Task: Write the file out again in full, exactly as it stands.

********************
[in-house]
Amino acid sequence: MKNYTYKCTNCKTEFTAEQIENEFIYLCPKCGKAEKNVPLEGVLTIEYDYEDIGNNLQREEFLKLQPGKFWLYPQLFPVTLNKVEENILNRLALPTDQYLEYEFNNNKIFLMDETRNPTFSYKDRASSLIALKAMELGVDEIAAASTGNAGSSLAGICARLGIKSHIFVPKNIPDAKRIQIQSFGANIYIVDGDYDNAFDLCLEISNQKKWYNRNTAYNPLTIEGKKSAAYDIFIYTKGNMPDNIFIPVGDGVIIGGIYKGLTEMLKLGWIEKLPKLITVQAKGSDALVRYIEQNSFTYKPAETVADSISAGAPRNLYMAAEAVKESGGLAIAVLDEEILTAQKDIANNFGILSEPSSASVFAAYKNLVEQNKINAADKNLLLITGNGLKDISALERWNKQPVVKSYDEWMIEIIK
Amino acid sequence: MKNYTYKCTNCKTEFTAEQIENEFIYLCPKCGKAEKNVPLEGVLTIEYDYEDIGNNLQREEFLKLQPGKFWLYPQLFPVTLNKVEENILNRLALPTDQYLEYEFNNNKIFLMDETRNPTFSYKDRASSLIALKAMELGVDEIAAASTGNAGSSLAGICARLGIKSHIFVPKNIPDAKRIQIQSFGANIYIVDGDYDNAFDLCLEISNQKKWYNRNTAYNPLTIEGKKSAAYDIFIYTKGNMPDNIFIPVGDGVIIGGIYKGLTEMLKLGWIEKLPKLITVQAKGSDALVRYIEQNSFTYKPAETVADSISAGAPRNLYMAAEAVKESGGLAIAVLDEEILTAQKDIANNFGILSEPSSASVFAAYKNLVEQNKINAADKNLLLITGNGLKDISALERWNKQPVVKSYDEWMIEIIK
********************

[in-house]
Amino acid sequence: MKNYTYKCTNCKTEFTAEQIENEFIYLCPKCGKAEKNVPLEGVLTIEYDYEDIGNNLQREEFLKLQPGKFWLYPQLFPVTLNKVEENILNRLALPTDQYLEYEFNNNKIFLMDETRNPTFSYKDRASSLIALKAMELGVDEIAAASTGNAGSSLAGICARLGIKSHIFVPKNIPDAKRIQIQSFGANIYIVDGDYDNAFDLCLEISNQKKWYNRNTAYNPLTIEGKKSAAYDIFIYTKGNMPDNIFIPVGDGVIIGGIYKGLTEMLKLGWIEKLPKLITVQAKGSDALVRYIEQNSFTYKPAETVADSISAGAPRNLYMAAEAVKESGGLAIAVLDEEILTAQKDIANNFGILSEPSSASVFAAYKNLVEQNKINAADKNLLLITGNGLKDISALERWNKQPVVKSYDEWMIEIIK
Amino acid sequence: MKNYTYKCTNCKTEFTAEQIENEFIYLCPKCGKAEKNVPLEGVLTIEYDYEDIGNNLQREEFLKLQPGKFWLYPQLFPVTLNKVEENILNRLALPTDQYLEYEFNNNKIFLMDETRNPTFSYKDRASSLIALKAMELGVDEIAAASTGNAGSSLAGICARLGIKSHIFVPKNIPDAKRIQIQSFGANIYIVDGDYDNAFDLCLEISNQKKWYNRNTAYNPLTIEGKKSAAYDIFIYTKGNMPDNIFIPVGDGVIIGGIYKGLTEMLKLGWIEKLPKLITVQAKGSDALVRYIEQNSFTYKPAETVADSISAGAPRNLYMAAEAVKESGGLAIAVLDEEILTAQKDIANNFGILSEPSSASVFAAYKNLVEQNKINAADKNLLLITGNGLKDISALERWNKQPVVKSYDEWMIEIIK